Do You Let Your Teen Have Parties at Your House?

Posted December 22, 2011 by

Photo of barbaragreenberg

Is it better to let your teen go out on Friday or Saturday night, or let them bring the party to your house?

I’ve talked to parents who say they would rather let their teenagers party at home. They say things like,  “I’ll have more control this way and know what my child is doing.” One mom said to me, “I like having parties at our house because I can take the car keys from all the kids when they arrive and not give them back until I make sure they’re sober enough to drive. If they aren’t, then they sleep at my house.” Parents with this mindset would rather have kids drink at their house than anywhere else. “They’re going to drink anyway,” they reason, “so why would I want them to do it on the street, at some stranger’s house, or in a car?”

I think parents who do this are on thin ice. First, underage kids are not legally allowed to drink. If you have the party at your house, you’re allowing your own child and other parents’ children to engage in dangerous and illegal behavior in your home. Second, I doubt that these other parents would be happy that another parent is condoning this behavior and allowing their kids to drink. It’s more likely they would stop allowing their kids to go to a home where drinking and partying was allowed by adults. And they might even report the activity to the police.

You might say “Kids will drink anyway so it might as well be under my watchful eyes.” But how do you know that they’ll drink anyway? Is this really about the safety of the teens or do you desperately want the kids to like you?”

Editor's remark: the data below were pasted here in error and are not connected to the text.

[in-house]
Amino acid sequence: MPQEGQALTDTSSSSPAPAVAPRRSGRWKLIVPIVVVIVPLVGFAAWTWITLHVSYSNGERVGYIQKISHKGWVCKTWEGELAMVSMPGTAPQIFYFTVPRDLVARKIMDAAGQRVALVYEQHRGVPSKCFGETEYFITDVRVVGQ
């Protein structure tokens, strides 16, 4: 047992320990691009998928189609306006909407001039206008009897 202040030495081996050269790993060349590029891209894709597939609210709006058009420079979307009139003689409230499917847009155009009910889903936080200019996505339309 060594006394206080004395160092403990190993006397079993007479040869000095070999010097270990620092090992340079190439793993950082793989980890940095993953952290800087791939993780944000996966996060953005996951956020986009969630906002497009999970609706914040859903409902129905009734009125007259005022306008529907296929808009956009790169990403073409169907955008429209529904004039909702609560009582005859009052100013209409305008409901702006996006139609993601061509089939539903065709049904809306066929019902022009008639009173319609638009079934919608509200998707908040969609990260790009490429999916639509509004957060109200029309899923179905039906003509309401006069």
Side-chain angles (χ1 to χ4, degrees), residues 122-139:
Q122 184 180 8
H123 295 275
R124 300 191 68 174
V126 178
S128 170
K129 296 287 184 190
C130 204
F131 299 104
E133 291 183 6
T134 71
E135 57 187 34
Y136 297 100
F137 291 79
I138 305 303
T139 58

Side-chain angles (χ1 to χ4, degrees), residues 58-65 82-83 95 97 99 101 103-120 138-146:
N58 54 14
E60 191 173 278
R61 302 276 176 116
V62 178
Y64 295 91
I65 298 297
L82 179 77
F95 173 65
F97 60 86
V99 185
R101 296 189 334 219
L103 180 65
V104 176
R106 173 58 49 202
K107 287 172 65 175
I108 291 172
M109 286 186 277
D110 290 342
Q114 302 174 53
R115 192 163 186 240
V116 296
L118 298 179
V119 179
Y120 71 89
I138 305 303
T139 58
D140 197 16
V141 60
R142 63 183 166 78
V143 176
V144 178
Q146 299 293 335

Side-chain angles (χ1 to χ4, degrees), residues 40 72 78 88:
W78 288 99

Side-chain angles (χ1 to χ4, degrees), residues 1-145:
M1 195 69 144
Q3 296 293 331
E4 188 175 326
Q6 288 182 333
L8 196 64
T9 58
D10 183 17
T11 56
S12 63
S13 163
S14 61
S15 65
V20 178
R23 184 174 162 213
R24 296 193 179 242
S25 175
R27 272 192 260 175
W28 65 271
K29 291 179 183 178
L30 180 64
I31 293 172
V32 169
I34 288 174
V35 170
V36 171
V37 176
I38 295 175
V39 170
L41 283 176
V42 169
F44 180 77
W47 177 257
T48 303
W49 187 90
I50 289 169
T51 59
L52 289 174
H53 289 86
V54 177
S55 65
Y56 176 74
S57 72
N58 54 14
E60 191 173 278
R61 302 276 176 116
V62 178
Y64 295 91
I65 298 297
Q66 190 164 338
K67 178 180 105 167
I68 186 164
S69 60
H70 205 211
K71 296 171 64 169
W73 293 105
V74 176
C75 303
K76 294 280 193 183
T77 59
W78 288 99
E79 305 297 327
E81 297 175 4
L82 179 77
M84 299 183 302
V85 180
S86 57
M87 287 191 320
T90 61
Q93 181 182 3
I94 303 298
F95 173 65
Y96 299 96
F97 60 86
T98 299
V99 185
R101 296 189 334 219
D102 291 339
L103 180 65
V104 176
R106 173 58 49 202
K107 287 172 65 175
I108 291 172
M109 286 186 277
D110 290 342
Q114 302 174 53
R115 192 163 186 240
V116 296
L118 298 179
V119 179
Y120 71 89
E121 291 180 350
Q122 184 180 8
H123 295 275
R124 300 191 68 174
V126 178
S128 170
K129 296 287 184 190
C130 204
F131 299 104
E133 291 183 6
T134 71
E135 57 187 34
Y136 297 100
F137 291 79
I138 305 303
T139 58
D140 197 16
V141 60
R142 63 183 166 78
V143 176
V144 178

We are our kids parents, not their friends. Be sure you’re sending the right message to your child, and don’t fool yourself — letting him party at your house with his friends is a big mistake.


Barbara is a Ph.D. clinical psychologist who specializes in the treatment of adolescents and their well-intentioned but exhausted parents. She is the co-author of Teenage as a Second Language-A Parents Guide to Becoming Bilingual with Jennifer Powell-Lunder PsyD and the co-creator of the website

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  1. LCK (Edit) Report

    I would like to know the ages of kids from Luendasue and honu.elaine? It’s never good to condone wrongful behavior or put your stamp of approval on it – but if you had a 16 year old girl that communicates to you that she’s engaging in sexual activity how should you respond – “don’t do that” or would you sit down and talk about being safe along with your opinion on how she’s too young?

    The article says “how do you know your kids going to drink” trust me it’s not assumption – both my teenage boys tell me that they do this recreationally with ALL of their friends – I’ve explained the trouble with it, how it’s not appropriate, how as we as parents are responsible for their actions, etc…I make sure I show them all the DUI accidents on the news and deaths – but they still do this – and I know because they tell me so.

  2. luendasue (Edit) Report

    I will not allow parties that involve drinking. When my daughter was younger, we allowed birthday parties with gifts. Now that she is almost an adult, I will allow her to have get togethers like a pool party or to just invite neighboring friends over for dinner. No alcohol needed. Some of her friends have to fend for themselves for food. Medicines are locked up, and I, the adult am present.

  3. angel (Edit) Report

    My husband allows his daughter to have parties at the house when we are out of town. He allows her to smoke weed outside in the yard and drink. This has been going on since she was 16 she is now 20.

  4. honu.elaine (Edit) Report

    I agree, we are the parents. So model that behavior and don’t put yourself in a situation. It won’t be so great if a kid get drunk or high at your house, and gets in a car accident on the way home! Just sayn!



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